What hold the camera sensor still with the SSS turned off? :confused:
My theory is a combination of Einstein's Theory of Everything and Stevens Hawkins Theory of Black Holes. Although I will not get into my opinion on these matters as they may pertain to photography, I will say the following.:eek:
The sensor is held in a fixed position. Using high ISO/ASA with the A900 among its predecessors will create some noise.:cool:
Not to be so negative to those in favor of light weight tripods, I have always used the heaviest I could find. And I mean the heaviest and most robust and expensive I could find. And yes this does include hanging sand bags under Minolta 300, 400, 600mm lenses for proper stabilization. Or simply using sand bags or bean bags to hold the camera still. :D I use many of the auto focus lenses in manual focus mode with the Minolta9, Minolta7, Minolta 9Ti, and Minolta 7 Limited at ISA/ASA 50 and below, and Digital A700 and A900 ISO/ASA 200 and below with absolute fantastic results.
I always drape some cloth or tape over the viewfinder on bodies which do not have viewfinder closure, mirror lockup or two sec. delay (which is Mirror Lockup) on several Minolta minded camera bodies, digital Alpha included.:)
Long exposure have always creates problems with digital and film at any exposure for me personally. Understanding repricocity failure with films below iso 50 took me years to perfect.:confused: With the advent of digital it is much easier, although not simple to understand at any stretch of the imagination. It is truly possible to achieve such results in film and digital media.:)
SonyNut, personally I cannot answer this question; however I have seen similar results with certain lenses produced by Minolta, Sony and Zeiss alike. I would be interested to know the lenses you used for this test group.:eek:
It obvious depends on the situation. But with a wide angle, you can manage 1/2 or greater <1" if you are very still (sitting definitely helps) and at <18mm.
I'll repost this again.
Provided are 1:1 crops of the following:
(1/15 sec, see below)
Just for fun, Here goes: (caption under image)
1/4 sec, elbows leaning on table, not really trying here SSS on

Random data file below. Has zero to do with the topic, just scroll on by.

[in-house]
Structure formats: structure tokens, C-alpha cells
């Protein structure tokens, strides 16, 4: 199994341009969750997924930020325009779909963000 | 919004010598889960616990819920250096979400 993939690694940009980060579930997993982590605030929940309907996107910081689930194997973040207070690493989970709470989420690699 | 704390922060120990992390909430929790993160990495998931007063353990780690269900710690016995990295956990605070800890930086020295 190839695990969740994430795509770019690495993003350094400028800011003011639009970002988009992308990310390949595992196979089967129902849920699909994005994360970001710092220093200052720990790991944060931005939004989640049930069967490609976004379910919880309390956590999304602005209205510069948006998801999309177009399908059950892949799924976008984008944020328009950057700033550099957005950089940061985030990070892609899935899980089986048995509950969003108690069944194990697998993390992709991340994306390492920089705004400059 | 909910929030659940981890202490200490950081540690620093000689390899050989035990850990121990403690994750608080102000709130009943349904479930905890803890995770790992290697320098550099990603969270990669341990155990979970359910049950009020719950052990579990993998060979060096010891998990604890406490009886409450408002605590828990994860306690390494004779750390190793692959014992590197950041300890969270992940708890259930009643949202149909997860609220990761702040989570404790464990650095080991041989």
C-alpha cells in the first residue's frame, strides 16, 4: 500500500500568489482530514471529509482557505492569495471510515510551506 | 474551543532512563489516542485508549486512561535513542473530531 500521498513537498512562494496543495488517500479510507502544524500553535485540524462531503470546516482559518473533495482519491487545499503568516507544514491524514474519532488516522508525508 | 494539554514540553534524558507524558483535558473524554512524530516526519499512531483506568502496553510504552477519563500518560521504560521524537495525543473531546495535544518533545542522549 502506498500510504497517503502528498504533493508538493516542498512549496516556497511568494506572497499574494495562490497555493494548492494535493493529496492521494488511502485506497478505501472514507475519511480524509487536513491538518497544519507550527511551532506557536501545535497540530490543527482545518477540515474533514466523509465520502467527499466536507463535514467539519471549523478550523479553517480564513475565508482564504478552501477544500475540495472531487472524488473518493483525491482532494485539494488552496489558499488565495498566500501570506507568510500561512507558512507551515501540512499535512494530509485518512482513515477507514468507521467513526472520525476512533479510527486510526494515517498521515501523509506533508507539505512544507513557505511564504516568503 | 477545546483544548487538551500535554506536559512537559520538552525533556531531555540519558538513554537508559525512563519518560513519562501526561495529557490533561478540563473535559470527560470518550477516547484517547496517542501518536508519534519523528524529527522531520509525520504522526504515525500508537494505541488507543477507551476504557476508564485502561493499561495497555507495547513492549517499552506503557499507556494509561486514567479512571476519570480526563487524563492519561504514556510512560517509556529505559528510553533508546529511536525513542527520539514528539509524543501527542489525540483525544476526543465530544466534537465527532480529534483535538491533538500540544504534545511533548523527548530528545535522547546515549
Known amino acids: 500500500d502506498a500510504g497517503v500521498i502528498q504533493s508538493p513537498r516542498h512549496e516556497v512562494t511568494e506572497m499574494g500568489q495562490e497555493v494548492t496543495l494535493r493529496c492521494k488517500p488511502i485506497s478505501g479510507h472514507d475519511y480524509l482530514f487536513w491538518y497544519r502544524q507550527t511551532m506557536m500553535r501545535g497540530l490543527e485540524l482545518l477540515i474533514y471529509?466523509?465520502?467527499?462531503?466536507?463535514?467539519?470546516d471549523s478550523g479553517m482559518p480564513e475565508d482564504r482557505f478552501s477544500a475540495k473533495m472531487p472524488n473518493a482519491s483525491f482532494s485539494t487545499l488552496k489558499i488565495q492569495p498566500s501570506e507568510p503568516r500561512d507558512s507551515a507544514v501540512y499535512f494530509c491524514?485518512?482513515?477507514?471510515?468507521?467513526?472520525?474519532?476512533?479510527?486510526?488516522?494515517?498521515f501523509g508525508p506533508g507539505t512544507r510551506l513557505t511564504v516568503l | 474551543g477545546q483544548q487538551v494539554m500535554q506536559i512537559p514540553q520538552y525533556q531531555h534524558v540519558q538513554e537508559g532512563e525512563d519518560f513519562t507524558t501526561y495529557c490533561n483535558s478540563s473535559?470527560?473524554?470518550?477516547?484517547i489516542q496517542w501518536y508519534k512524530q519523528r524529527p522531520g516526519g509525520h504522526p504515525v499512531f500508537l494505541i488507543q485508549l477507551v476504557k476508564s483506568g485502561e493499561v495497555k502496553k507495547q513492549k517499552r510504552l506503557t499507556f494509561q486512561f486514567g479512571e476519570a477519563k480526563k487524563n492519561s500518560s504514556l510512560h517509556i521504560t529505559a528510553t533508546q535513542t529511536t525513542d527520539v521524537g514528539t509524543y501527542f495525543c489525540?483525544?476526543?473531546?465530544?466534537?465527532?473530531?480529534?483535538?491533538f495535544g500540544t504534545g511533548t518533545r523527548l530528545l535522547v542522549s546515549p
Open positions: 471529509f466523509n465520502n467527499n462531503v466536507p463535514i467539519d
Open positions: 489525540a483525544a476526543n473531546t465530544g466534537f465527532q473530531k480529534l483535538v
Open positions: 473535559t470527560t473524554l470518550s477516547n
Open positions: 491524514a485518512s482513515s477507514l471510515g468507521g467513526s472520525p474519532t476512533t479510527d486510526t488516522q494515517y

1/8 sec standing, SSS on, I'm bad at standing
1/6 sitting upright, SSS on
1/10 sitting upright, SSS off
1/10, sitting upright SSS on, not much a difference
1/8 sitting upright, SSS on
1/15, sitting upright, sss on
SSS does help get more clear shots! These are my best, some didin't turn out too hot under 1/10 lol...
Looking more at these on the forum, they look slightly better on the computer in lightroom (RAW). Also zooming out (not 1:1) looks significantly better and you cannot tell there was any shake or blur at all. ;)
Another thing to note, if you try hard enough, eventually something will come out decent.
How would you KNOW that just by looking at the image?
Originally Posted by Rooz
I think he means the sole reason. It can be hard to tell. Many pictures though aren't great because they are 100% just picture perfect sharp.
Originally Posted by Burnside
well for a couple of reasons.
Originally Posted by Burnside
reason #1: some of the most brilliant and compelling images ever taken were taken before IS even existed.
reason #2: i havent seen any brilliant photos of a still object. have you ? if so, please point me to a few.
its either of people, activity or nature....you know the interactive world we live in as opposed to figurines and sword hilts.
SteadyShot INSIDE™ in-camera image stabilization:
Building on years of expertise, Sony has developed the world’s first body-integrated image stabilization solution for a full frame DSLR1. The SteadyShot INSIDE™ in-camera image stabilizer actually shifts the image sensor to compensate for camera shake without sacrificing image quality. The compensation effect is equal to as many as four shutter speed steps, giving you more creative freedom when shooting in low light. And, because it is integrated into the camera body, SteadyShot INSIDE technology works with all compatible α (alpha) system lenses.